4. Do a search (“Find”) for words you know how to spell but tend to spell wrong when you’re in a hurry, especially ones spell-check won’t flag, like “you” for “your,” or “your” for “you’re,” and “there” for “they’re” or “their.”

Then choose some of the following strategies, which are also excellent for picking up on clunky sentences and awkward phrasing.

~ Increase the size of the type
to 140% - 160%, by clicking on the + sign at the bottom right of the document.

~ Change the font to one that looks quite different to fool your eyes and brain into thinking this is new material you’ve never read (or thought of) before, so you need to pay close attention.

Try Comic Sans or Franklin Gothic Book or Book Antiqua.

~ Format it to book size
, like 6″ x 9″, change the font to Georgia or Cambria, change it to single-spaced, format it to two-column landscape, so it looks like an open book, then print it up and read it in a different location, somewhere you don’t write, preferably out of your home.

~ Send it to your Kindle or other e-reader
and read it in a different location, preferably not at home.

~ In a print version, place a ruler or piece of paper under the line you’re reading to keep from skipping ahead. Or keep your finger under each word as you read.

~ Read it out loud.
Wherever you stumble, your readers will, too. This will also help with punctuation. If you pause briefly, put in a comma. If you pause for longer, put in a period. (Best to avoid or minimize semicolons in fiction, and keep them right out of casual dialogue. And reserve exclamation marks for when someone is screaming or yelling, shocked, or in pain.)

~ Get your computer to read it aloud to you
, while you follow along. In Word 2010, for example, here’s how you enable text-to-speech: First, add “Speak” to the Quick Access Toolbar. Along the very top above “File,” the line that starts with W for word, at the far right is a down arrow. Click that. It will say “Customize Quick Access Toolbar.” Click “More Commands.” In the “Choose Commands” from the list, select “All Commands.” Scroll down to the “Speak” command, select it, and then click “Add.” Click “OK.” When you want to use the text-to-speech command, you’ll use the icon on the Quick Access Toolbar, which looks like a speech bubble on a cartoon. To hear some text read aloud, highlight the paragraph or chapter you want to hear aloud, then click the Speak icon on the toolbar.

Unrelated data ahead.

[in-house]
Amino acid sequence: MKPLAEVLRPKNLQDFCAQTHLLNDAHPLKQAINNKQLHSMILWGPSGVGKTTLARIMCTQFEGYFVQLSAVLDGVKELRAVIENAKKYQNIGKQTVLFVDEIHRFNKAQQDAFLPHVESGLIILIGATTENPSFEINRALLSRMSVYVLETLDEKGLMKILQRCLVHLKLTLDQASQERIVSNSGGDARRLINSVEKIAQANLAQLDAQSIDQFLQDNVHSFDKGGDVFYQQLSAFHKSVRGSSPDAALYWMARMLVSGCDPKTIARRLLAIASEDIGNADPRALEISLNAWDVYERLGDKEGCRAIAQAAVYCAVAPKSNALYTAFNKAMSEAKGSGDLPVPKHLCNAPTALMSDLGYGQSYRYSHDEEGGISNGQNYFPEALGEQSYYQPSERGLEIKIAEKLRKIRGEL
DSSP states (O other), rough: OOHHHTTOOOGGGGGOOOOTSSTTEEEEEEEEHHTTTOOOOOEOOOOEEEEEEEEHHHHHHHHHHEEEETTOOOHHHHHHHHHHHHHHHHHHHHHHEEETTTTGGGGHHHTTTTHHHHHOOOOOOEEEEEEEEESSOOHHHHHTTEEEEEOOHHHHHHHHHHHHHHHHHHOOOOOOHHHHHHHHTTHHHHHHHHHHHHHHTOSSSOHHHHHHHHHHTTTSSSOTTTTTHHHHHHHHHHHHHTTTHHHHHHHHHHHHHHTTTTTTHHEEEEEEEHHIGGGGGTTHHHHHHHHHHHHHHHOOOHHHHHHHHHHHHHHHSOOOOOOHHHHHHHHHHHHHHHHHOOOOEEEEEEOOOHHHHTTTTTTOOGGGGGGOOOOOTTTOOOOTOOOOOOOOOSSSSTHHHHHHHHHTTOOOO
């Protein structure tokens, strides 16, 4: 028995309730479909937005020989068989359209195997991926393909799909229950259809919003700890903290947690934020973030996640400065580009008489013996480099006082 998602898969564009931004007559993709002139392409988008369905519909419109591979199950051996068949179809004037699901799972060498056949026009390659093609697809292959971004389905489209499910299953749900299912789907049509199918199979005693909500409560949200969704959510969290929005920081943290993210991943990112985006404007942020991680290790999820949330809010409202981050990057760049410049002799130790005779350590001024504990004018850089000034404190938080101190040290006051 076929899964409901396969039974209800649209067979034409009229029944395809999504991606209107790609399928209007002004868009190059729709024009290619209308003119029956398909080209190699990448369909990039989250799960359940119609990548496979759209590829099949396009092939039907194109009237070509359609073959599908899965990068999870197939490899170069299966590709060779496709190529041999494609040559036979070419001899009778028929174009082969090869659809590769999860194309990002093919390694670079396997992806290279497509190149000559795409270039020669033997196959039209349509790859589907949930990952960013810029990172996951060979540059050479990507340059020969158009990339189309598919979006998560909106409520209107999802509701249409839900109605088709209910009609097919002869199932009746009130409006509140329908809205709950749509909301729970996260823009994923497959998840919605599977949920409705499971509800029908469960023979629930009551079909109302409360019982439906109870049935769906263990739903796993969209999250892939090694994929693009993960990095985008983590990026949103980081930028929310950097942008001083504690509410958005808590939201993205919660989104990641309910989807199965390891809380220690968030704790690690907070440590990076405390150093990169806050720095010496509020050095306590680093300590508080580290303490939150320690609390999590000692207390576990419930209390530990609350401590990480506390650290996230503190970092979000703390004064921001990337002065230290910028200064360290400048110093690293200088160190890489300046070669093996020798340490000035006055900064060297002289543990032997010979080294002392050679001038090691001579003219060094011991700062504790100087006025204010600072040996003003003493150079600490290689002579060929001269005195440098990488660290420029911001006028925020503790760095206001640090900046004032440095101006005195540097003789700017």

Even better, try Natural Reader, a text-to-speech software that uses natural-sounding voices.

Follow along the text while listening to the text being read aloud. Stop it whenever you need to add or delete a word, or fix awkward phrasing.

~ If you’re self-publishing, get a sample book printed by CreateSpace (or IngramSpark) and read it somewhere else in your home, in a room where you don’t work, or better yet, away from your home, like in a coffee shop, a park, or the beach. I read one of mine in book form, pen in hand, on vacation at a tropical resort, and I caught all kinds of repetitions, sentences that didn’t flow as well as they could, were too wordy, or generally needed polishing, etc., as well as the odd typo. By the time I was finished, I had all kinds of scribbles in the margin, which I then typed into the manuscript on my laptop.

You could also try editing software, such as PerfectIt, SmartEdit, or Grammarly, but I’ve tried all of those three and they all frequently suggest inappropriate words, so be sure you don’t accept their suggestions blindly. See my article here, “Grammarly’s Editing Software – How Helpful Is It?”

Writers – do you have any other strategies to add for catching all those little typos lurking in your manuscript? Let us know what works for you in the comments below.

Jodie Renner is a freelance editor and the award-winning author of three craft-of-writing guides in her series An Editor’s Guide to Writing Compelling Fiction: Fire up Your Fiction, Writing a Killer Thriller, and Captivate Your Readers. She has also published two clickable time-saving e-resources to date: Quick Clicks: Spelling List and Quick Clicks: Word Usage. You can find Jodie at www.JodieRenner.com, www.JodieRennerEditing.com, at The Kill Zone blog alternate Mondays.

Website | Facebook | Google+ | Twitter | Goodreads | Amazon | Barnes & Noble | Indie Bound

18 comments:

  1. Great tips, Janice. I also read my MS backwards. Not word by word backwards, as that would make no sense! Just page by page backwards, which makes the material seem unfamiliar.